The children’s cancer research hospital released a list of virus-related policies after Shelby County health officials said Sunday that one person who traveled out of state but not out of the country had contracted the new coronavirus.
The patient is undergoing treatment in isolation at a hospital. Officials said the patient was in good condition. Three other cases have been confirmed in Middle Tennessee, including one announced Monday by the state, which is no longer distributing county information for coronavirus cases out of privacy concerns, Commerce and Insurance Commissioner Hodgen Mainda said.
Also Monday, the state insurance department requested that Tennessee insurance carriers waive coronavirus testing costs and refrain from using preauthorization requirements as a reason for not providing testing and treatment.
The state has confirmed four people have tested positive for the coronavirus out of 49 tests performed so far, with at least 165 additional tests available and more supplies coming in, state Health Commissioner Lisa Piercey said Monday.
For most people, the virus causes only mild or moderate symptoms, such as fever and cough. For some, especially older adults and people with existing health problems, it can cause more severe illness, including pneumonia.
The vast majority of people recover from the new virus. According to the World Health Organization, people with mild illness recover in about two weeks, while those with more severe illness may take three to six weeks to recover. In mainland China, where the virus first exploded, more than 80,000 people have been diagnosed and more than 58,000 have so far recovered.
Based in Memphis, St. Jude is considered a leading researcher of cancer and other life-threatening diseases that affect children. Families with children who are patients at the hospital never receive a bill from St. Jude for treatment, travel, housing and food.
In a statement sent to The Associated Press on Monday, St. Jude said only invited visitors who have been screened for travel history and evidence of a possible infection will be allowed to enter the campus.
The hospital is barring visitors who have traveled to the Seattle or Tacoma, Washington, metropolitan area during the last 14 days. Parents of patients are still allowed in the facility, as long as they meet the guidelines.
“Do not come on campus if you are sick,” the hospital’s statement said.
St. Jude also has canceled patient and family events involving non-employees in the hospital or in housing facilities. It also canceled a handful of symposiums and conferences.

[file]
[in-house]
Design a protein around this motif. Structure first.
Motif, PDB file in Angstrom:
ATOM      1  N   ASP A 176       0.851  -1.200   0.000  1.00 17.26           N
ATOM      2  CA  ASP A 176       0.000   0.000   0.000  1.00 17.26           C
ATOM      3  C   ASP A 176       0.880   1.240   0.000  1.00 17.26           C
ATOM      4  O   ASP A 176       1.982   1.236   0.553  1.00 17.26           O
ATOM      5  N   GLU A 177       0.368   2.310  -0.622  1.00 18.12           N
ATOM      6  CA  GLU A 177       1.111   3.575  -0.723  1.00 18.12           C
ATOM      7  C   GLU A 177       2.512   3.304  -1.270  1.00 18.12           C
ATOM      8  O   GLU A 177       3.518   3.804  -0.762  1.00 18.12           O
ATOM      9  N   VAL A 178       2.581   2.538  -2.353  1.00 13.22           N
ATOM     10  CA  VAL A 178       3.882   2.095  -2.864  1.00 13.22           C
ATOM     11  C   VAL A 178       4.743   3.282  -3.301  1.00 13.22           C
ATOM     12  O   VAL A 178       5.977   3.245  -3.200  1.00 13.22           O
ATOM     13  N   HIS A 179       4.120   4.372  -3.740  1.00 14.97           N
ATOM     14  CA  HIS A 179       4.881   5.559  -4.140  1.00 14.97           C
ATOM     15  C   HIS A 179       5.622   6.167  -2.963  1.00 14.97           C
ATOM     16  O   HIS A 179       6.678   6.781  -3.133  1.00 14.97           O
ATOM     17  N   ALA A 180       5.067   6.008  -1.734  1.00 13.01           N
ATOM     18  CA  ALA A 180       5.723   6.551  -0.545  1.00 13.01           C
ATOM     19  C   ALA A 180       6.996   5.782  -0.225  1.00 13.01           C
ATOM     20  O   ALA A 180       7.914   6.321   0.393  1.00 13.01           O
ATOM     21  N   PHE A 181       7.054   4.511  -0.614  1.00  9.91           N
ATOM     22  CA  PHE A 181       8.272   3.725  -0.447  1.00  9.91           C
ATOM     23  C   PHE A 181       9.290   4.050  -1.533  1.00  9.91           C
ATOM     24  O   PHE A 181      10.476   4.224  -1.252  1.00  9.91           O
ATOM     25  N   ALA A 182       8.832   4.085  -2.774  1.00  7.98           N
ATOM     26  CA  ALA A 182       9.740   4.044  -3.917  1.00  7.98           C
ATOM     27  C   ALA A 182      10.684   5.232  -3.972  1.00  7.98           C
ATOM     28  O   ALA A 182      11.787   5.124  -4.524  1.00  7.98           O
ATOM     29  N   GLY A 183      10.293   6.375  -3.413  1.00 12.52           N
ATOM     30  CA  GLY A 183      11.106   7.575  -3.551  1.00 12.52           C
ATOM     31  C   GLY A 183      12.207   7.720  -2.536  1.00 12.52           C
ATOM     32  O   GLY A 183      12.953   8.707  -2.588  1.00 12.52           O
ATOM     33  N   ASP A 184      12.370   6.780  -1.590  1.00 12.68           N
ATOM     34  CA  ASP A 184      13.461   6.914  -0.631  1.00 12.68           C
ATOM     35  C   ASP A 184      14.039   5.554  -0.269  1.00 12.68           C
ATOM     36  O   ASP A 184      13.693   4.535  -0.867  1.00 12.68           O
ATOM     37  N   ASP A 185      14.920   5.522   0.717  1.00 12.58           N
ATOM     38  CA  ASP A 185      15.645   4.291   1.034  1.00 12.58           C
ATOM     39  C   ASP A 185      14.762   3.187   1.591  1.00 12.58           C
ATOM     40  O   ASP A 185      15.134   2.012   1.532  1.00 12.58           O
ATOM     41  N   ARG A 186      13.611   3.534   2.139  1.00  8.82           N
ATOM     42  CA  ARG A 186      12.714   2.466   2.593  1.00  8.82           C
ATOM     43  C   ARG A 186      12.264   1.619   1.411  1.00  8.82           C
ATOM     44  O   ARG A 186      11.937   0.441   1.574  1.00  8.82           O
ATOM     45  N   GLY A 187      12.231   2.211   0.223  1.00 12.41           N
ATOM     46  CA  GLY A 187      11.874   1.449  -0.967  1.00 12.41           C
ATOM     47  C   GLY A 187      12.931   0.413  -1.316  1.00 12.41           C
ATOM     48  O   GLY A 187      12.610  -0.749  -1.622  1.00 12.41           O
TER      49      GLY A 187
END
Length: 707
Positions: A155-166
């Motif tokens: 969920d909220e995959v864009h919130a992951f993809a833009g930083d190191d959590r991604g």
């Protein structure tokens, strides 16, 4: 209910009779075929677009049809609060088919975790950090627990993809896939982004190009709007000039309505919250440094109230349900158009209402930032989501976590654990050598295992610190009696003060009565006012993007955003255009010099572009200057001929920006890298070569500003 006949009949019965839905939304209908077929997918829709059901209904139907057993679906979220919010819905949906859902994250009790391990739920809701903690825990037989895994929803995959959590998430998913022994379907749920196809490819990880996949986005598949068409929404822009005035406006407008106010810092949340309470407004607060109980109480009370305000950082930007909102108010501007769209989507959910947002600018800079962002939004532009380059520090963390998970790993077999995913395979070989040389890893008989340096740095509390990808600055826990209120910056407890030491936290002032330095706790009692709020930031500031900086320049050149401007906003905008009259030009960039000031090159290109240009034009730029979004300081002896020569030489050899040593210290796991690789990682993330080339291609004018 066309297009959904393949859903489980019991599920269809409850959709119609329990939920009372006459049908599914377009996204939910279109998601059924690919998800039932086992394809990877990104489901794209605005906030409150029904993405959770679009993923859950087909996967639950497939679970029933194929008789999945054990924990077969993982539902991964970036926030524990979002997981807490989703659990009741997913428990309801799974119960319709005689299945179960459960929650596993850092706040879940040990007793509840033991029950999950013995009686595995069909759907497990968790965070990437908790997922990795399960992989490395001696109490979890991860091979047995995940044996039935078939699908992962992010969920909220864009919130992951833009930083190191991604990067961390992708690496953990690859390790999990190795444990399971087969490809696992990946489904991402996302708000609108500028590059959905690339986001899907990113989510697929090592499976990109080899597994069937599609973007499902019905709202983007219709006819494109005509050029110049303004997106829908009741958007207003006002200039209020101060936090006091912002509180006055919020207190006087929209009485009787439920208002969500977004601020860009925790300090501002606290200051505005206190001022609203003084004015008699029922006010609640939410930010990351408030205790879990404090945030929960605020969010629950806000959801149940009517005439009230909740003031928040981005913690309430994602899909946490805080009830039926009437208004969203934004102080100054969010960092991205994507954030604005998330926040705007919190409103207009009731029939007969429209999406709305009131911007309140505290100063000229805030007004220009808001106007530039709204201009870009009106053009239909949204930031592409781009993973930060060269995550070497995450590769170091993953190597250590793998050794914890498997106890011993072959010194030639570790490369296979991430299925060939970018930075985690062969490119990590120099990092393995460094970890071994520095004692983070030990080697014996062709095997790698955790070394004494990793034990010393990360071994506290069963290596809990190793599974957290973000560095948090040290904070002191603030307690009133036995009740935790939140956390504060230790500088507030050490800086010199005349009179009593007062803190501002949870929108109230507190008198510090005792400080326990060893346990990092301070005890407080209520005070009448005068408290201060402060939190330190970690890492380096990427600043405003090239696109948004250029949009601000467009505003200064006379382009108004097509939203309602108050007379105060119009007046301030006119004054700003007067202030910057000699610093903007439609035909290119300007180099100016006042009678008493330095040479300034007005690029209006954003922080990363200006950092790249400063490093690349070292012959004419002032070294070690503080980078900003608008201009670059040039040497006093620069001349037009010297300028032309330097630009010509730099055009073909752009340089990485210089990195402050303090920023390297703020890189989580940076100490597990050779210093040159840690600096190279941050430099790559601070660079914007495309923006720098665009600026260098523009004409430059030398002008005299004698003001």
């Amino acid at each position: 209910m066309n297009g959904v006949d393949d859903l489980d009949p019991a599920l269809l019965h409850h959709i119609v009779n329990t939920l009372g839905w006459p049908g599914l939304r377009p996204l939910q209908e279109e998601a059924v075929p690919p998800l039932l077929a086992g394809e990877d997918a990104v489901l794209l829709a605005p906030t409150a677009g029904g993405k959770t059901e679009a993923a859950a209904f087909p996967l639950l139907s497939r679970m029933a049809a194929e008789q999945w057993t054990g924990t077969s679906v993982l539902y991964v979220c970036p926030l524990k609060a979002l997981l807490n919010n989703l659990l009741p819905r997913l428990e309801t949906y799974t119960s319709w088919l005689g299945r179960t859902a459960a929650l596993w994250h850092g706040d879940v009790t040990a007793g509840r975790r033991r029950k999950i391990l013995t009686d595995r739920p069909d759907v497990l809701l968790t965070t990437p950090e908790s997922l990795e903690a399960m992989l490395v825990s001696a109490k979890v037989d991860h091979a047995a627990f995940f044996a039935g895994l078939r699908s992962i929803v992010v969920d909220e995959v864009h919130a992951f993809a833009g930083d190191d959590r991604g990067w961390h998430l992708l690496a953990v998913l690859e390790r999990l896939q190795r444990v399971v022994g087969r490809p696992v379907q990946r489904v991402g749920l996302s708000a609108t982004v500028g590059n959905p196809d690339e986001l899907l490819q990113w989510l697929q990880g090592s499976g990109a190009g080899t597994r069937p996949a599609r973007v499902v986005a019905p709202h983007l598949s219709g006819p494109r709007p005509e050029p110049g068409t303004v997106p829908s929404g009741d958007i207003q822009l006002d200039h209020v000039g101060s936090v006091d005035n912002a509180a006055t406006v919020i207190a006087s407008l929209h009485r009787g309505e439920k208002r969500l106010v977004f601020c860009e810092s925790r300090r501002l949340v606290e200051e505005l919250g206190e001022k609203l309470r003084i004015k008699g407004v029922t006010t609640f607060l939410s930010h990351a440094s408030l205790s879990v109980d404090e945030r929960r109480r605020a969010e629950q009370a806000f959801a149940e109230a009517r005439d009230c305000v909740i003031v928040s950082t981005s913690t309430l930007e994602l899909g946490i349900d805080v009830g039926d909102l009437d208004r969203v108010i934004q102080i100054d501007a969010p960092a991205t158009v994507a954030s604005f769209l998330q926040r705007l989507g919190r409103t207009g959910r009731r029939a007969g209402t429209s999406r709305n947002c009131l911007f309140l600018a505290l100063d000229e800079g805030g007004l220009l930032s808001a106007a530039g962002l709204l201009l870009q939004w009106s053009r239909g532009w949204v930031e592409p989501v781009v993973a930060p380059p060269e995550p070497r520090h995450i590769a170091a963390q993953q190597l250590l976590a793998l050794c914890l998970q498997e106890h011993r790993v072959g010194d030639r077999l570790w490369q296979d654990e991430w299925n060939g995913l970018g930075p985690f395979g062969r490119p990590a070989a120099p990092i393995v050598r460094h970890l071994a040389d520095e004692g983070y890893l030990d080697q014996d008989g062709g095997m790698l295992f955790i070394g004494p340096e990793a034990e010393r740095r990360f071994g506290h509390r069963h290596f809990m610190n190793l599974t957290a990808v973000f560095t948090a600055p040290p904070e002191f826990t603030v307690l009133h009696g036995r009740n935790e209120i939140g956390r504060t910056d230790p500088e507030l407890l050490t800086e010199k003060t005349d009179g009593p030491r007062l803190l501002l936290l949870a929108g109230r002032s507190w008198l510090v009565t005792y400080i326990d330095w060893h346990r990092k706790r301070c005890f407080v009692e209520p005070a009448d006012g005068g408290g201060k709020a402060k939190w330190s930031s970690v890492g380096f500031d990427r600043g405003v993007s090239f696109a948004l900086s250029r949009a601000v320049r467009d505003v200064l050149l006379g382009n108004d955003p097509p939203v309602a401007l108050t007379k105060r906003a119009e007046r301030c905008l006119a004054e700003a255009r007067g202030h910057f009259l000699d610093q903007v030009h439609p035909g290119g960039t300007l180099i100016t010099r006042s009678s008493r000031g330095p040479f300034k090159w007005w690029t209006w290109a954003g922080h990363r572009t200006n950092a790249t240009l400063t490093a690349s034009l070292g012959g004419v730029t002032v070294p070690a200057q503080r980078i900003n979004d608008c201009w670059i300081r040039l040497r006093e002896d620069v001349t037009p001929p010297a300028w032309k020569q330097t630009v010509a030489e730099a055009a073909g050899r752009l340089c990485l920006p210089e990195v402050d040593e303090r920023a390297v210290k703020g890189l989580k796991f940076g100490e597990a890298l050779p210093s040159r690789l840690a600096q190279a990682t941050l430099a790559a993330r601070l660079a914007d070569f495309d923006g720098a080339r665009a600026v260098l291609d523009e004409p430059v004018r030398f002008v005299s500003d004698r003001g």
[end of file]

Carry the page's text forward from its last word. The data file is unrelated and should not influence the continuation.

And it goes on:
Late Monday Vanderbilt University in Nashville canceled classes for the rest of the week. The university tweeted, “Due to new information received March 9, and based on our desire to protect the health and safety of our community from the novel coronavirus disease (COVID-19), the university is cancelling classes for the remainder of this week.”
It also said that beginning March 16 through at least March 30, the university is “suspending all in-person classes and is moving to distance and other alternative learning options.”
Meanwhile, the Shelby County school system said Monday that an employee who came in contact with the county’s coronavirus patient has been quarantined for two weeks. A faculty member at the University of Tennessee Health Science Center in Memphis also is under quarantine after coming into contact with the Shelby County patient, the school said in a statement.
Republican state Sen. Rusty Crowe does not require quarantine because he has shown no symptoms since attending the Conservative Political Action Conference, said Adam Kleinheider, spokesman for Lt. Gov. Randy McNally’s office in Nashville.
The U.S. Capitol’s attending physician said Monday that “several” members of Congress are in good health after having contact with a person who attended CPAC two weeks ago and who subsequently developed the coronavirus.
Elsewhere in Nashville, property managers for the AT&T Building — known as the “Batman” building because its two towers resemble the super hero’s mask — said they learned from local health officials that there was a confirmed coronavirus case by one of the building’s occupants, according to their note posted on the building and dated Sunday. Local health officials declined to confirm the case’s location, citing patient privacy laws.
The 617-foot (188-meter), 33-story downtown skyscraper is being cleaned but remains open, CBRE Property Management spokeswoman Shannon Klosterman said in a statement.
The U.S. death toll from the virus has reached at least 22 and the number of worldwide cases has risen above 111,000.
AP reporters Kimberlee Kruesi and Jonathan Mattise contributed from Nashville.
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Follow AP coverage of the virus outbreak at https://apnews.com/VirusOutbreak and https://apnews.com/UnderstandingtheOutbreak
An earlier version of this report incorrectly said the AT&T Building in Nashville had been closed.